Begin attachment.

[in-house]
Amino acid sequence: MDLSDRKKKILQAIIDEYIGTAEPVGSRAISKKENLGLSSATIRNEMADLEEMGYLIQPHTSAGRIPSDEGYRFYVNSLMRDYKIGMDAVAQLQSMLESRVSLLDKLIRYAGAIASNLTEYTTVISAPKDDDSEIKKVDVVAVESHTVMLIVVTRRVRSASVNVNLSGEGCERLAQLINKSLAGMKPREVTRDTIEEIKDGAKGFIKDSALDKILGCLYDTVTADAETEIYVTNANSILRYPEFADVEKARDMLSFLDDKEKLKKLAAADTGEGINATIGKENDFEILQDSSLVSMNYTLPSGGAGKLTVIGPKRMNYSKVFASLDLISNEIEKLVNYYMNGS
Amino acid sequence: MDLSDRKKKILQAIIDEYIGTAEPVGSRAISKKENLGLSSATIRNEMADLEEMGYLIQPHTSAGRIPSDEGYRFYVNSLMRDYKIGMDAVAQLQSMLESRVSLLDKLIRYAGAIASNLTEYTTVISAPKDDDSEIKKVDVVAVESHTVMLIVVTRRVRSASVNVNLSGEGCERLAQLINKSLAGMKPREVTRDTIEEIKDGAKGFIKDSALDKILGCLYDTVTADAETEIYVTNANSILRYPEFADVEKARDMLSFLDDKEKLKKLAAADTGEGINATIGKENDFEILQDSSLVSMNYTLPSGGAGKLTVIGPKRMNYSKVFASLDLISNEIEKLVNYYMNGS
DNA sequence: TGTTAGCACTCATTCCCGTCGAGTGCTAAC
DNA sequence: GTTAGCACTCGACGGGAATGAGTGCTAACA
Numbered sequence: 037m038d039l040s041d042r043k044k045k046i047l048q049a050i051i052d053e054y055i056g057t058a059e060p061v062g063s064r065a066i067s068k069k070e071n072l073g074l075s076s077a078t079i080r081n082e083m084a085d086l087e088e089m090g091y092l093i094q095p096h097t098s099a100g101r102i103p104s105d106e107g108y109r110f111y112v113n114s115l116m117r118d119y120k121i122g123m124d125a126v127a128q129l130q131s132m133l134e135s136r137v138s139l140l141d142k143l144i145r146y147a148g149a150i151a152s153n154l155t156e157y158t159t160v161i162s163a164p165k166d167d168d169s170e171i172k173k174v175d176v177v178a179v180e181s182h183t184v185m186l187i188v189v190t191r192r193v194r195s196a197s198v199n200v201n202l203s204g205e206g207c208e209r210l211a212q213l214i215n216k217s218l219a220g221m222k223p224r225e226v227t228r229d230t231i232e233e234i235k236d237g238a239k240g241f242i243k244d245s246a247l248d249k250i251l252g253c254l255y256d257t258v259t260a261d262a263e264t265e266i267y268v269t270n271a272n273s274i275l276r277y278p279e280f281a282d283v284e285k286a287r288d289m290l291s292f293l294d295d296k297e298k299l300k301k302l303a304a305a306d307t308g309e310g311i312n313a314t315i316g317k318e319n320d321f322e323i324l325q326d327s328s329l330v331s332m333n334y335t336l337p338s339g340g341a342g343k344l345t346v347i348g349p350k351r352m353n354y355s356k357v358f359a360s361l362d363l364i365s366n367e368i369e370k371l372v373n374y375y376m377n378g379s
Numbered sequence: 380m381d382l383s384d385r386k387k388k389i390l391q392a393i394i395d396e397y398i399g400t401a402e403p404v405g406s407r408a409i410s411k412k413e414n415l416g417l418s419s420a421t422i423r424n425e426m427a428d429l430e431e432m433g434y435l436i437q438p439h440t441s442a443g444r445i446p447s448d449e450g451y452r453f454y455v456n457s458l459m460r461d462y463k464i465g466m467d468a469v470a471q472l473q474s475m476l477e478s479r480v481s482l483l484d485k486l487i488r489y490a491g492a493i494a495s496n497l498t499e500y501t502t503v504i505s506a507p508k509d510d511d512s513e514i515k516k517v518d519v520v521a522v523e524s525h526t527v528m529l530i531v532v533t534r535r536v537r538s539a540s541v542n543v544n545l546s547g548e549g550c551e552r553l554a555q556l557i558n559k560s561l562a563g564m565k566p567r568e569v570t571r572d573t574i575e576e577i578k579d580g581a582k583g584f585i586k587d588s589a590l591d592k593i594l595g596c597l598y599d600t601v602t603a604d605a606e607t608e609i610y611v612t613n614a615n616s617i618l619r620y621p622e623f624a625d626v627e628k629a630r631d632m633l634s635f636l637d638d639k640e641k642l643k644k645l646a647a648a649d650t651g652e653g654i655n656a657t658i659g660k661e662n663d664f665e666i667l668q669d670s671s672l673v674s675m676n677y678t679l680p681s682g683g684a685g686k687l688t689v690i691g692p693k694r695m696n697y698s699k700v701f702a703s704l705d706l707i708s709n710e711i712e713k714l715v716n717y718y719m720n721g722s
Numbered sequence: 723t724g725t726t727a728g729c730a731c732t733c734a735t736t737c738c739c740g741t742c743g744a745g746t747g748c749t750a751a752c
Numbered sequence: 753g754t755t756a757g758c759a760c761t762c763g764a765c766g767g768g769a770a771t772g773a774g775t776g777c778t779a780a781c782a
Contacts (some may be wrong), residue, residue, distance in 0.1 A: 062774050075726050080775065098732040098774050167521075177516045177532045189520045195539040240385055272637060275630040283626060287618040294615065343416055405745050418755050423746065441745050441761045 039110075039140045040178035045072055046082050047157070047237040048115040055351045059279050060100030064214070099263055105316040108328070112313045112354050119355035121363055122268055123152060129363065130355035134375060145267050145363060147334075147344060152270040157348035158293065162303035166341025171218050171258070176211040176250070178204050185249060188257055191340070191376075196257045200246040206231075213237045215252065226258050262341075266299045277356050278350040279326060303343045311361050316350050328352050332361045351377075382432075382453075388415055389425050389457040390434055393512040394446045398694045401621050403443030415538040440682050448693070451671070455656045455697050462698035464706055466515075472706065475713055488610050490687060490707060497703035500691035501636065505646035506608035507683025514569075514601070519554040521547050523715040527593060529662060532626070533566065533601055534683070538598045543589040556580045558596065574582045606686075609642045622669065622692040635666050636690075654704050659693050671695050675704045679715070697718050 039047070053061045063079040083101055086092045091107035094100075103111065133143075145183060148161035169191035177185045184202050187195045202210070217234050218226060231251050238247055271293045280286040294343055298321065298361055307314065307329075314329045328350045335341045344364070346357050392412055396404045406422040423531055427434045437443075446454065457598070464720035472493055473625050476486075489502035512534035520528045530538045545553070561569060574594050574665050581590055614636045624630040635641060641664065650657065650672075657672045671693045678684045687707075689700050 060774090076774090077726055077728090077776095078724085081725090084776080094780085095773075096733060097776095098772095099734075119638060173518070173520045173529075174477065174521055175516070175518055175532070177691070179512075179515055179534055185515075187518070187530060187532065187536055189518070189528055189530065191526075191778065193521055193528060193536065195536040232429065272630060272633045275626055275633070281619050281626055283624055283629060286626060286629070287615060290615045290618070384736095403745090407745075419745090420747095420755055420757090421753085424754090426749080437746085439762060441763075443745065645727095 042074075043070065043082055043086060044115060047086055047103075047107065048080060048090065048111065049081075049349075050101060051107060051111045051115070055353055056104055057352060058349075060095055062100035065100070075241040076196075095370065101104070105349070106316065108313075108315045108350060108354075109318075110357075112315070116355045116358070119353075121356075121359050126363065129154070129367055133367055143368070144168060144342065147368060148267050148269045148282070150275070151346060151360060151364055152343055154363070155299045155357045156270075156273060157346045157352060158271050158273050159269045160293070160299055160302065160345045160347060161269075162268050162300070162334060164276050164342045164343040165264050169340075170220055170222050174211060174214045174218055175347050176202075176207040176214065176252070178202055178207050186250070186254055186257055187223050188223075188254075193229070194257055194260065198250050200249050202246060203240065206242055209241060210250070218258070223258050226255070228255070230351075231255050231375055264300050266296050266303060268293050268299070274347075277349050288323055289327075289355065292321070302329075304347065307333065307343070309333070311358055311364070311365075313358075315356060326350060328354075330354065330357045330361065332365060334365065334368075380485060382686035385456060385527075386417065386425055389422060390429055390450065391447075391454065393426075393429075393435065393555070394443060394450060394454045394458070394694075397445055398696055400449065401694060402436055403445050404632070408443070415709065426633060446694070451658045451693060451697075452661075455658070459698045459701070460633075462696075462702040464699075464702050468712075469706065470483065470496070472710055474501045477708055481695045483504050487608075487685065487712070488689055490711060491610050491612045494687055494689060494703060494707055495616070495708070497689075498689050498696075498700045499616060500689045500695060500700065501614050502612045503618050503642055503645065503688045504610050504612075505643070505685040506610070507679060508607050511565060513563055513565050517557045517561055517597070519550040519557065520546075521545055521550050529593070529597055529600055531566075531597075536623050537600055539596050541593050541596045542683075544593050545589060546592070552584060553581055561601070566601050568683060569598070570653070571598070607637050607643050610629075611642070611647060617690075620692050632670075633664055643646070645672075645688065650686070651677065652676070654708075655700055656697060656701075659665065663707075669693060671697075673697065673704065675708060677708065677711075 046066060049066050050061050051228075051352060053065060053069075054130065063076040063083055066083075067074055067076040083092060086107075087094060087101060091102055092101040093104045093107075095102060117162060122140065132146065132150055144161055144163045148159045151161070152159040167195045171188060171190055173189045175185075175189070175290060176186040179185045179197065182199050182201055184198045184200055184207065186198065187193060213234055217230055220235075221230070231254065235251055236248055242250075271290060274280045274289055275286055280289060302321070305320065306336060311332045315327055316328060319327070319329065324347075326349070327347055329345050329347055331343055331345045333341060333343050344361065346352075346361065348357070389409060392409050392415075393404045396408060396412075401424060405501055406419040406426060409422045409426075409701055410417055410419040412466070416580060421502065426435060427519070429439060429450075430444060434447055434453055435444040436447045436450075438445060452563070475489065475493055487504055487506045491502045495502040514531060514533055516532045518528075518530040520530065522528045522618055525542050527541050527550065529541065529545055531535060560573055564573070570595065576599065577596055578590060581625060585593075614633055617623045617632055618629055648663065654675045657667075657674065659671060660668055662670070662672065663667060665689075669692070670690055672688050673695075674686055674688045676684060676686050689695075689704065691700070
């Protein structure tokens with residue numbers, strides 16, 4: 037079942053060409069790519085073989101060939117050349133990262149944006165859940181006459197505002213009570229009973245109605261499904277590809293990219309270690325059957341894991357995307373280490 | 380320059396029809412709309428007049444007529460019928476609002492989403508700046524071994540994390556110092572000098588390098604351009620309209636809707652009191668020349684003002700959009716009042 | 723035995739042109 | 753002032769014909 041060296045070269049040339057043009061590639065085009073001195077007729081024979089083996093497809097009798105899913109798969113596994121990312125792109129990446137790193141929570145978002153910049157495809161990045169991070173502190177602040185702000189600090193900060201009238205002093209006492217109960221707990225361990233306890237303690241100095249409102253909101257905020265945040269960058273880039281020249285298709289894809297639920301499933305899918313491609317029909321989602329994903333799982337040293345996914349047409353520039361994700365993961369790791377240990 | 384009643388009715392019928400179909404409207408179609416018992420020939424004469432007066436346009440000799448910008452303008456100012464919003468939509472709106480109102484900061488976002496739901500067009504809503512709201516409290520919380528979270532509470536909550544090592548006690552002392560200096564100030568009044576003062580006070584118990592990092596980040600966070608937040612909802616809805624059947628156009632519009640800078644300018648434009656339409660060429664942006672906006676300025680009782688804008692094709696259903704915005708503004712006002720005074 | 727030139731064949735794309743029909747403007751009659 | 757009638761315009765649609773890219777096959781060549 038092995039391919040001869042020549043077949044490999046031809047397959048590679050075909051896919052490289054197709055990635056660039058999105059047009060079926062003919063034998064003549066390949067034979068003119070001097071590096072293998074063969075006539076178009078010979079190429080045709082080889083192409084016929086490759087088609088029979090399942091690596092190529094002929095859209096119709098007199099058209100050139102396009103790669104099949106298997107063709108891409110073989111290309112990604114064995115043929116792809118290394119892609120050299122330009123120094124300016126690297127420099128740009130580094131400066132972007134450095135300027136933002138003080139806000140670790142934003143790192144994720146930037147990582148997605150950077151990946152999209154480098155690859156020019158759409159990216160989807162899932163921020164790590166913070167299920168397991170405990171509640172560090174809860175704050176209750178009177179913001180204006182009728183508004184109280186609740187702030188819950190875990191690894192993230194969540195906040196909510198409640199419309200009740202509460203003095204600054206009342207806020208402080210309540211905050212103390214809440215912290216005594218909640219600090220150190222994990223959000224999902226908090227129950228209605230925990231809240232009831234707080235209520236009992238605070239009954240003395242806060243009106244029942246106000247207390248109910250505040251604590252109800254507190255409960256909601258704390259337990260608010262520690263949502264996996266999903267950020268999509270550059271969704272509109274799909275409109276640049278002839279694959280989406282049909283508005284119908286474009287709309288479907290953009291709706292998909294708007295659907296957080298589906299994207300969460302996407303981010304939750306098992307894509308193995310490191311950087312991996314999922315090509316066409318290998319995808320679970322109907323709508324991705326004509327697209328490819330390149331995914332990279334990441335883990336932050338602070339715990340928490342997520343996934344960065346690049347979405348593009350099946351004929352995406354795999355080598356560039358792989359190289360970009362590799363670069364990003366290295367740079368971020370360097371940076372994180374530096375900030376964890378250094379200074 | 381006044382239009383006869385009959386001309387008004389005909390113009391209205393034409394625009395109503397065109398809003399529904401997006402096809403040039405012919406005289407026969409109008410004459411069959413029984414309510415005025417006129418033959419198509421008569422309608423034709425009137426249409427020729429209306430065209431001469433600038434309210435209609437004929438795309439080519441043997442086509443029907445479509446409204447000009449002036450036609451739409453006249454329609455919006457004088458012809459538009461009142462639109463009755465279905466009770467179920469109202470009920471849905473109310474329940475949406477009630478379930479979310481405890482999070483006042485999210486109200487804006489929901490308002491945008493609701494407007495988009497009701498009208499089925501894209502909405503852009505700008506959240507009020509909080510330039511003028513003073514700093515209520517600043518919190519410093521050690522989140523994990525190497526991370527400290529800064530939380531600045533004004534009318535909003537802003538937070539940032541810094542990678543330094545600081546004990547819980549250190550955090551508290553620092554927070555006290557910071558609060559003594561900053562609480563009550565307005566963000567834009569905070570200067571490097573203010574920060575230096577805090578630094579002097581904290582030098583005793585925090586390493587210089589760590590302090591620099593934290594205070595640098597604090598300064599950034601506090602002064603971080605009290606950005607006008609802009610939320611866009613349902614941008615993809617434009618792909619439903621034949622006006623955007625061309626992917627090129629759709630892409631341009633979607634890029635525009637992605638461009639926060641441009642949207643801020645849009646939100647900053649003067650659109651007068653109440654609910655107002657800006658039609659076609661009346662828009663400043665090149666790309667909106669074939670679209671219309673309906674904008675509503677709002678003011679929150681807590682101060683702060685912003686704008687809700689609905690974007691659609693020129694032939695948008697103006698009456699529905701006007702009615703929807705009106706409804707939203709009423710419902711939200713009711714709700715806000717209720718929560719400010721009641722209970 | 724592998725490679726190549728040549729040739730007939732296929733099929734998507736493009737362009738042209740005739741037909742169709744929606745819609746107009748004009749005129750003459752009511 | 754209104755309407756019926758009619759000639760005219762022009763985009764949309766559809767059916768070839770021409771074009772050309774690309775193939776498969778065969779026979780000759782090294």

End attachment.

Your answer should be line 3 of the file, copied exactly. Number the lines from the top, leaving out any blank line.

Amino acid sequence: MDLSDRKKKILQAIIDEYIGTAEPVGSRAISKKENLGLSSATIRNEMADLEEMGYLIQPHTSAGRIPSDEGYRFYVNSLMRDYKIGMDAVAQLQSMLESRVSLLDKLIRYAGAIASNLTEYTTVISAPKDDDSEIKKVDVVAVESHTVMLIVVTRRVRSASVNVNLSGEGCERLAQLINKSLAGMKPREVTRDTIEEIKDGAKGFIKDSALDKILGCLYDTVTADAETEIYVTNANSILRYPEFADVEKARDMLSFLDDKEKLKKLAAADTGEGINATIGKENDFEILQDSSLVSMNYTLPSGGAGKLTVIGPKRMNYSKVFASLDLISNEIEKLVNYYMNGS